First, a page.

The attack comes almost exactly one year after an alligator killed a woman trying to protect her dog on Hilton Head Island. Cassandra Cline, 45, was walking the dog along a residential area of Sea Pines Resort when she was attacked.

In June, a man was found dead on nearby Kiawah Island after apparently being bitten by an alligator.

5 Things You Didn’t Know About Cuba

(THIS ARTICLE IS COURTESY OF TRAVEL TRIVIA)

 

5 Things You Didn’t Know About Cuba

When many people think about Cuba, their mind goes to rum, cigars and Fidel Castro. But there is so much more to this Caribbean island than that! It is an interesting and exciting place, and it is only within the last five years that U.S. citizens have been able to legally travel there. Here are five things about Cuba that you probably didn’t know.

Christmas Was Once Banned in Cuba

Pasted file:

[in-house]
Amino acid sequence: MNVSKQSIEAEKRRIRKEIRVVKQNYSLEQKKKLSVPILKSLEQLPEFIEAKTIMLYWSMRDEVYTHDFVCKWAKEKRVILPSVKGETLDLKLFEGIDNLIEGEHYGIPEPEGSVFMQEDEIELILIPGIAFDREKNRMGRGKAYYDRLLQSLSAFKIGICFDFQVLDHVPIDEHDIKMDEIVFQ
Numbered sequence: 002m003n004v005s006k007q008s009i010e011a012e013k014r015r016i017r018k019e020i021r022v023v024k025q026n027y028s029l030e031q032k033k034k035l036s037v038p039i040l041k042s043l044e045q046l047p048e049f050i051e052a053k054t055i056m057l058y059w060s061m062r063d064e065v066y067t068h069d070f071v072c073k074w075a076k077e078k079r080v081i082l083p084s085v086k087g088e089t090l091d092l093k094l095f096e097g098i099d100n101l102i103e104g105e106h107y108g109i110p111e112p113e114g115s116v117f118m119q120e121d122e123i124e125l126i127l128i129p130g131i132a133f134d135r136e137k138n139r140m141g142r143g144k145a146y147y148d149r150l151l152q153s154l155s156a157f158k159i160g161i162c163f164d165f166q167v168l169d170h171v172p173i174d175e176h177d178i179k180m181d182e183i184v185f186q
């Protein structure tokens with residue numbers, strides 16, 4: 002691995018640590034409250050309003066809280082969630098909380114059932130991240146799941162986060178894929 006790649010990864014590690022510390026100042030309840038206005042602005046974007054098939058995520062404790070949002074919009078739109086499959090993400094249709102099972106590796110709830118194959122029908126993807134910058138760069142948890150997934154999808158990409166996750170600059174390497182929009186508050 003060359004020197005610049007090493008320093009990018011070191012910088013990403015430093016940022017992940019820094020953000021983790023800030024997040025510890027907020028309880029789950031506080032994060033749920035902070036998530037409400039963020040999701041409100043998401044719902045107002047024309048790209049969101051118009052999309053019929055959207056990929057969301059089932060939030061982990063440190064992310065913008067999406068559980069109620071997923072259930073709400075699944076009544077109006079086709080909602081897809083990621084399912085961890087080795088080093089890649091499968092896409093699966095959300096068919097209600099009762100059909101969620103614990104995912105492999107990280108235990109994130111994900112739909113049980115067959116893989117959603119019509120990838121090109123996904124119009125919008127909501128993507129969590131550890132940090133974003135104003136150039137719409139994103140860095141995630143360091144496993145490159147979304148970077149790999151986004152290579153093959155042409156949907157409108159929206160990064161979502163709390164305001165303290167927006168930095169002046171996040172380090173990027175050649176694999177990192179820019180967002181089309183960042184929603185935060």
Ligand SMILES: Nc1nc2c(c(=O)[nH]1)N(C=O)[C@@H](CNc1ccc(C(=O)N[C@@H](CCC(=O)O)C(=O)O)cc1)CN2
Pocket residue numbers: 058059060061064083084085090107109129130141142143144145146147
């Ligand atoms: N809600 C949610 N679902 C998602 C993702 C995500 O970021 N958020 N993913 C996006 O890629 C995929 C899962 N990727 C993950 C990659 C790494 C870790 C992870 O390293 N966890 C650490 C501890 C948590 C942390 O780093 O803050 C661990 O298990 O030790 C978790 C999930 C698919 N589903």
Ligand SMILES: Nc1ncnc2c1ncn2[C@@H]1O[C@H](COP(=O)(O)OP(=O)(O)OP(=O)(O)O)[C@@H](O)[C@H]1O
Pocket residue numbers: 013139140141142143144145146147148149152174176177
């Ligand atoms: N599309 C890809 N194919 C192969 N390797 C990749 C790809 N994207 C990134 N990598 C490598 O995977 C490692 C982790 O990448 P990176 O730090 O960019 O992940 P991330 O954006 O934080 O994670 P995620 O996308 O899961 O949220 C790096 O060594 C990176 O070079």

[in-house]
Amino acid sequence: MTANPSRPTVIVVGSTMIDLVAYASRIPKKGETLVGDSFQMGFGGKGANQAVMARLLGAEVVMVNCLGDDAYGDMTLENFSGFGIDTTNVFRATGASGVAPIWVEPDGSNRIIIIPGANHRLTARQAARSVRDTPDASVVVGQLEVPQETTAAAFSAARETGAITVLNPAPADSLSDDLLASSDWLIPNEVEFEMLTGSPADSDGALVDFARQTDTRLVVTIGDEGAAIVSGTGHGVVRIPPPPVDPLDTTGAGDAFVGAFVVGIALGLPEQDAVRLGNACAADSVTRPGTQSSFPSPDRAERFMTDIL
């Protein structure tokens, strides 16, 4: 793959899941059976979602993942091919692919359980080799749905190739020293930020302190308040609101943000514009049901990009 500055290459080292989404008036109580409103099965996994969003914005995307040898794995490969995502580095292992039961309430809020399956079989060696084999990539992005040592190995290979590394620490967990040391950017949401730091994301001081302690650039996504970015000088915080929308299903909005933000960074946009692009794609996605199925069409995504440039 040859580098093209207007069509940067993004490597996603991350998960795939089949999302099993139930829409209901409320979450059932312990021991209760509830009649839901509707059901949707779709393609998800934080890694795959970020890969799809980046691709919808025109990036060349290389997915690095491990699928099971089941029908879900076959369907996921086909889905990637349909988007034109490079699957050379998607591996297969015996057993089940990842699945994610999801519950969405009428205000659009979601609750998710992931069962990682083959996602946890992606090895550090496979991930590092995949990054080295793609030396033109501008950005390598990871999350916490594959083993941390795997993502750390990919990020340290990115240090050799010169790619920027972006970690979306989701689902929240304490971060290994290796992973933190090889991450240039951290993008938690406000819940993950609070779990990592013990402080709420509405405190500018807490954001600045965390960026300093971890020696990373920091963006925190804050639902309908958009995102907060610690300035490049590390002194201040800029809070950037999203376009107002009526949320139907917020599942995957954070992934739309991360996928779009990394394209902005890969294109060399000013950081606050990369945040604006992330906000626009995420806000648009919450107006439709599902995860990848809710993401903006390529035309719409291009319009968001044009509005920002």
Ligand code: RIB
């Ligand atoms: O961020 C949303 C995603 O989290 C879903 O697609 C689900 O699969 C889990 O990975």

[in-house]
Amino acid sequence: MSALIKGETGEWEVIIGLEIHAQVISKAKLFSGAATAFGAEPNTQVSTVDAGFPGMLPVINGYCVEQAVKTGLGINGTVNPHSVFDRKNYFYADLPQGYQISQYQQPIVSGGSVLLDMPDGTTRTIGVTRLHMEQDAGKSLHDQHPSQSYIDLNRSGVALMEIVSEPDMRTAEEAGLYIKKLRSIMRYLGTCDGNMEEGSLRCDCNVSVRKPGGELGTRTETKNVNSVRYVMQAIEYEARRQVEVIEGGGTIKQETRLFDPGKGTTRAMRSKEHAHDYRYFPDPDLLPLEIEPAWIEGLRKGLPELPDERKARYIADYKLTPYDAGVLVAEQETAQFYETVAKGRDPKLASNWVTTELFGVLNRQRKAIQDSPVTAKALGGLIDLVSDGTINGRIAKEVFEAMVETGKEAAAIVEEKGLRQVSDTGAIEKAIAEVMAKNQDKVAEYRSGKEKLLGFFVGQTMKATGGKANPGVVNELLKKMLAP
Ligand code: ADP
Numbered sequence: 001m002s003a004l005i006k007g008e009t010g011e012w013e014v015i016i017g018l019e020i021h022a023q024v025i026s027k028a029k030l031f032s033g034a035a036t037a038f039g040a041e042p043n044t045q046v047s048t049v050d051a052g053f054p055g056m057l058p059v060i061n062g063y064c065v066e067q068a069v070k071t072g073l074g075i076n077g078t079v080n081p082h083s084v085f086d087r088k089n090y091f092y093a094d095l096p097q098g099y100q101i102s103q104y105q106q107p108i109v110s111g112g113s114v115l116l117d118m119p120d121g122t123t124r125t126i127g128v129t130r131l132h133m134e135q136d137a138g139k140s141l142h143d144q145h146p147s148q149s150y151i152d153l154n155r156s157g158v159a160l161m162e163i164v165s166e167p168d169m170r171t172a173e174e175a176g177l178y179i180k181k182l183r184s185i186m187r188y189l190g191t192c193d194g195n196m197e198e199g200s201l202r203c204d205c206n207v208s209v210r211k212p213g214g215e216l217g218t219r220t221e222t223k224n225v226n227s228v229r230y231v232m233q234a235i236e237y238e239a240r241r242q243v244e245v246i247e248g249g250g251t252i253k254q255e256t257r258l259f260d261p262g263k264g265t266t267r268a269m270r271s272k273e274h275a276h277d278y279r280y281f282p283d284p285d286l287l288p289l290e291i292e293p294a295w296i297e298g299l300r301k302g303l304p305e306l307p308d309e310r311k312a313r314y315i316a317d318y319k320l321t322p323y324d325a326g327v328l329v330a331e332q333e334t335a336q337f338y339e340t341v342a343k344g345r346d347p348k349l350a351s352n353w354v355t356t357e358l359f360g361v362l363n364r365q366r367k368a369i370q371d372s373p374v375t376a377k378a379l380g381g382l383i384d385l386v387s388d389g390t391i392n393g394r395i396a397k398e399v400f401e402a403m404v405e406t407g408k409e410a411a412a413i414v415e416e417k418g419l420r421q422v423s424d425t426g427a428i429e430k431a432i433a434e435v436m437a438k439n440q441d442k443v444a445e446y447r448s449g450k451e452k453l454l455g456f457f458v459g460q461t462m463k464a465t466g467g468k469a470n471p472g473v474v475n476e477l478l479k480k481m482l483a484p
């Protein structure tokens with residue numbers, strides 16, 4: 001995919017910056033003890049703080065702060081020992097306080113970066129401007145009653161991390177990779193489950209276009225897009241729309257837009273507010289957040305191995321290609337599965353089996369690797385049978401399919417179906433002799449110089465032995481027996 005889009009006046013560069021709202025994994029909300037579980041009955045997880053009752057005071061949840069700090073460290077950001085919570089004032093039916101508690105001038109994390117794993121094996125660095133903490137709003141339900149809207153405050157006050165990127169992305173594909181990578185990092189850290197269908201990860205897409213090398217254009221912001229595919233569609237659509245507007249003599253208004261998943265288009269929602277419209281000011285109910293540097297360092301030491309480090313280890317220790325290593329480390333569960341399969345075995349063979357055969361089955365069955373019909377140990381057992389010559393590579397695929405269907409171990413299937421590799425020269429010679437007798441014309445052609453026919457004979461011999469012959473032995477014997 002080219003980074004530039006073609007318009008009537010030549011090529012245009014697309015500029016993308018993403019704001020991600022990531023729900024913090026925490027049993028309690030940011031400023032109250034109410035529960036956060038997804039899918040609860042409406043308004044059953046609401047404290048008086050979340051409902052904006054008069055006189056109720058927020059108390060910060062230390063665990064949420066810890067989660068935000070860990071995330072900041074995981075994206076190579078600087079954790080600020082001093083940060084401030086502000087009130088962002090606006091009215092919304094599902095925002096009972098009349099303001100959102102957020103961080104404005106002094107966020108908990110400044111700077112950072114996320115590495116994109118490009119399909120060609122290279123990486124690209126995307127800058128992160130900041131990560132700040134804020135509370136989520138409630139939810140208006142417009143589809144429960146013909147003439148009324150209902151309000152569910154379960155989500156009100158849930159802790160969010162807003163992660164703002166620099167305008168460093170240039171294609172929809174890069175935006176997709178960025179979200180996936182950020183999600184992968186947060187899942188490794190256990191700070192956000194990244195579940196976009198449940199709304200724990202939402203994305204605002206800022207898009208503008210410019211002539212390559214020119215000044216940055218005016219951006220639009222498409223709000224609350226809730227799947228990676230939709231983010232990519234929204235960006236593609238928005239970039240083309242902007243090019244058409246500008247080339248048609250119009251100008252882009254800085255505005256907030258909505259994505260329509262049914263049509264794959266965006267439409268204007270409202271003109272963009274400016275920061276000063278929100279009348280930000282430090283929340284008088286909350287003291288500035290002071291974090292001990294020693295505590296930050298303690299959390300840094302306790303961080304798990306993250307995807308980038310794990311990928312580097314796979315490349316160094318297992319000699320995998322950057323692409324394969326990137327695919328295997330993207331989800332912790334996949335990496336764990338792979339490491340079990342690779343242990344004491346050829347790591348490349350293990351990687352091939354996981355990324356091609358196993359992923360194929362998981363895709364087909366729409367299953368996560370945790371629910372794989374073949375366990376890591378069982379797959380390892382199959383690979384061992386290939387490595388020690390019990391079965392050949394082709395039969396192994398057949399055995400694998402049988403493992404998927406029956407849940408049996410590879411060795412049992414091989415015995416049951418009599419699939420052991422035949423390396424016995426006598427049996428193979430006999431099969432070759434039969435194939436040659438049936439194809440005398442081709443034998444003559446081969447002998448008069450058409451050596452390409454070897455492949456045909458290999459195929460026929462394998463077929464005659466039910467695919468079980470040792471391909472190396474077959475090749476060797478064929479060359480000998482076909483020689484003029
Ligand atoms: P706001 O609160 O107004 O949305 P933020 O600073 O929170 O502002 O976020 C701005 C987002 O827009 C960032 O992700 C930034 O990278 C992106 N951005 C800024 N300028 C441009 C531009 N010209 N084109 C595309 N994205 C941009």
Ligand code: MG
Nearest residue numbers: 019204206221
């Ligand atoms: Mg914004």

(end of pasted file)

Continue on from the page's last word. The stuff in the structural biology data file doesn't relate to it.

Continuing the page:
Credit: Millenius/Shutterstock

When The Grinch – ehem, I mean, Fidel Castro – came to power, he went right to work banning things that everyone loves, like Monopoly and, yes, even Christmas. He declared the entire country atheist and abolished Christmas and the paid work holiday that went with it because he wanted people to work on harvesting sugar instead of celebrating and giving gifts. After 30 long, sad years for the people of Cuba, whose population is truly largely a Catholic one, the Pope visited Havana and convinced Castro to reinstate Christmas. Even though it was January at the time, Cuban citizens ran right out to buy the Christmas trees and religious statues they weren’t allowed to have before. It is unclear whether Castro’s heart grew three sizes that day, but it seems unlikely.

Cubans Only Recently Got the Right to Buy a New Car

Credit: Suzanne Tenuto/Shutterstock